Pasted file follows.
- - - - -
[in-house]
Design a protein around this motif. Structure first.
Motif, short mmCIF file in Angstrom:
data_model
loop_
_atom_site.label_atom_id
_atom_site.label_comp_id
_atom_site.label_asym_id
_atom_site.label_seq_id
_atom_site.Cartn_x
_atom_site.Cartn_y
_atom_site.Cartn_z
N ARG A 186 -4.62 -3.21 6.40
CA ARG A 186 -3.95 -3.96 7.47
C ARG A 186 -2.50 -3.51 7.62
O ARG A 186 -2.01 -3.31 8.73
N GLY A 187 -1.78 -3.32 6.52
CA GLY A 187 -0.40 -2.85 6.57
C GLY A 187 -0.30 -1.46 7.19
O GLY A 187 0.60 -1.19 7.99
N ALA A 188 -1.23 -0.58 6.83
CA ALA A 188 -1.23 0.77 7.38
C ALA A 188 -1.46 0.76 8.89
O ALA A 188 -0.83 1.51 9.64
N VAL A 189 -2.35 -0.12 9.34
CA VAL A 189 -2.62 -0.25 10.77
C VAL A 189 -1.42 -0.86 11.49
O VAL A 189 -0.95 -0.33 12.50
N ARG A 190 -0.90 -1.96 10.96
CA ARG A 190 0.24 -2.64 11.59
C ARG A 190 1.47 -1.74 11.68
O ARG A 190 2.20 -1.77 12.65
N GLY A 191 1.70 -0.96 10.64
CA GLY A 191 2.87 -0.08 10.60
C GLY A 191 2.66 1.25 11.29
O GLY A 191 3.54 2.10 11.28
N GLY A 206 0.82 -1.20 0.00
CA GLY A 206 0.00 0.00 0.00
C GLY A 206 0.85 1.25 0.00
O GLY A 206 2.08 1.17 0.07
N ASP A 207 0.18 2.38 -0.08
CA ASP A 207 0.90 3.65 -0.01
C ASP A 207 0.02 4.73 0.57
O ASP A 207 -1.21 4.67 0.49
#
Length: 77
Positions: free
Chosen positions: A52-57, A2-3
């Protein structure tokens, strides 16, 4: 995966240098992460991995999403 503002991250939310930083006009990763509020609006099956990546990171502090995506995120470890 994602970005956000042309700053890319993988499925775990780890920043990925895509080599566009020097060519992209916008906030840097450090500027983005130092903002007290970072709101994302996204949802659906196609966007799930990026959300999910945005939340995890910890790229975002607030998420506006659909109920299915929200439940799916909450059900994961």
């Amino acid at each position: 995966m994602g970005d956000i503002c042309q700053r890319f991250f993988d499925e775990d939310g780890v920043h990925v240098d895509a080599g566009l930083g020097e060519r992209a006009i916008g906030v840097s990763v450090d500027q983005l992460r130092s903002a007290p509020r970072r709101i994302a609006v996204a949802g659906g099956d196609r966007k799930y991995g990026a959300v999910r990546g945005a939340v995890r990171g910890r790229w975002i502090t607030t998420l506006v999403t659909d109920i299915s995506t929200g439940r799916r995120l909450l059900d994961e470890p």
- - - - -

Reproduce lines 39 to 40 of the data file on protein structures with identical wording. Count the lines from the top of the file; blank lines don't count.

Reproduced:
C GLY A 206 0.85 1.25 0.00
O GLY A 206 2.08 1.17 0.07